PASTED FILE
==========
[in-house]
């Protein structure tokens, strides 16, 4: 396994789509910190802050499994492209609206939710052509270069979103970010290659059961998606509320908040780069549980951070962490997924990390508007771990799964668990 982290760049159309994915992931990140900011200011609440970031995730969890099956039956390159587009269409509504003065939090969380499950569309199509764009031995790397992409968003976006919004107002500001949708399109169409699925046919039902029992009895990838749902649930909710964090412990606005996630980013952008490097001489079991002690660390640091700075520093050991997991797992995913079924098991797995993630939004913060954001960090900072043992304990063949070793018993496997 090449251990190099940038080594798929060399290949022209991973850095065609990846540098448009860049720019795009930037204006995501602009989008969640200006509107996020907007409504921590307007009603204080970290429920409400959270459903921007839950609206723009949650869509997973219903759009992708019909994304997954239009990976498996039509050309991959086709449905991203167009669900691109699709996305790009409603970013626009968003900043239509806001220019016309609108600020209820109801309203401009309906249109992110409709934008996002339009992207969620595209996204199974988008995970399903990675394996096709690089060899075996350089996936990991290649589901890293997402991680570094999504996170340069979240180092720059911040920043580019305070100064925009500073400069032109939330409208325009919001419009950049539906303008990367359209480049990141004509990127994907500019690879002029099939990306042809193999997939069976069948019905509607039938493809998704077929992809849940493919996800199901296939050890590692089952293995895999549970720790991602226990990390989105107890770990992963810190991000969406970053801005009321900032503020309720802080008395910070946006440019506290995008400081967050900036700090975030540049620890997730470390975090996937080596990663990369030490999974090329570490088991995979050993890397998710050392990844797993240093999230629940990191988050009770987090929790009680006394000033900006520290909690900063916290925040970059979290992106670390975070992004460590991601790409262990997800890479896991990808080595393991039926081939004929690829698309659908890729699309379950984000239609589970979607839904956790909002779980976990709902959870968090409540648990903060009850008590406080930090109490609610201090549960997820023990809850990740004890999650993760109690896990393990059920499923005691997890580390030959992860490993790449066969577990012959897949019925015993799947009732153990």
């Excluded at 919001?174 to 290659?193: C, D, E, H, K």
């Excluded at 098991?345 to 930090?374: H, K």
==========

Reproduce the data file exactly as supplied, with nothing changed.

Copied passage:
[in-house]
């Protein structure tokens, strides 16, 4: 396994789509910190802050499994492209609206939710052509270069979103970010290659059961998606509320908040780069549980951070962490997924990390508007771990799964668990 982290760049159309994915992931990140900011200011609440970031995730969890099956039956390159587009269409509504003065939090969380499950569309199509764009031995790397992409968003976006919004107002500001949708399109169409699925046919039902029992009895990838749902649930909710964090412990606005996630980013952008490097001489079991002690660390640091700075520093050991997991797992995913079924098991797995993630939004913060954001960090900072043992304990063949070793018993496997 090449251990190099940038080594798929060399290949022209991973850095065609990846540098448009860049720019795009930037204006995501602009989008969640200006509107996020907007409504921590307007009603204080970290429920409400959270459903921007839950609206723009949650869509997973219903759009992708019909994304997954239009990976498996039509050309991959086709449905991203167009669900691109699709996305790009409603970013626009968003900043239509806001220019016309609108600020209820109801309203401009309906249109992110409709934008996002339009992207969620595209996204199974988008995970399903990675394996096709690089060899075996350089996936990991290649589901890293997402991680570094999504996170340069979240180092720059911040920043580019305070100064925009500073400069032109939330409208325009919001419009950049539906303008990367359209480049990141004509990127994907500019690879002029099939990306042809193999997939069976069948019905509607039938493809998704077929992809849940493919996800199901296939050890590692089952293995895999549970720790991602226990990390989105107890770990992963810190991000969406970053801005009321900032503020309720802080008395910070946006440019506290995008400081967050900036700090975030540049620890997730470390975090996937080596990663990369030490999974090329570490088991995979050993890397998710050392990844797993240093999230629940990191988050009770987090929790009680006394000033900006520290909690900063916290925040970059979290992106670390975070992004460590991601790409262990997800890479896991990808080595393991039926081939004929690829698309659908890729699309379950984000239609589970979607839904956790909002779980976990709902959870968090409540648990903060009850008590406080930090109490609610201090549960997820023990809850990740004890999650993760109690896990393990059920499923005691997890580390030959992860490993790449066969577990012959897949019925015993799947009732153990």
């Excluded at 919001?174 to 290659?193: C, D, E, H, K």
């Excluded at 098991?345 to 930090?374: H, K």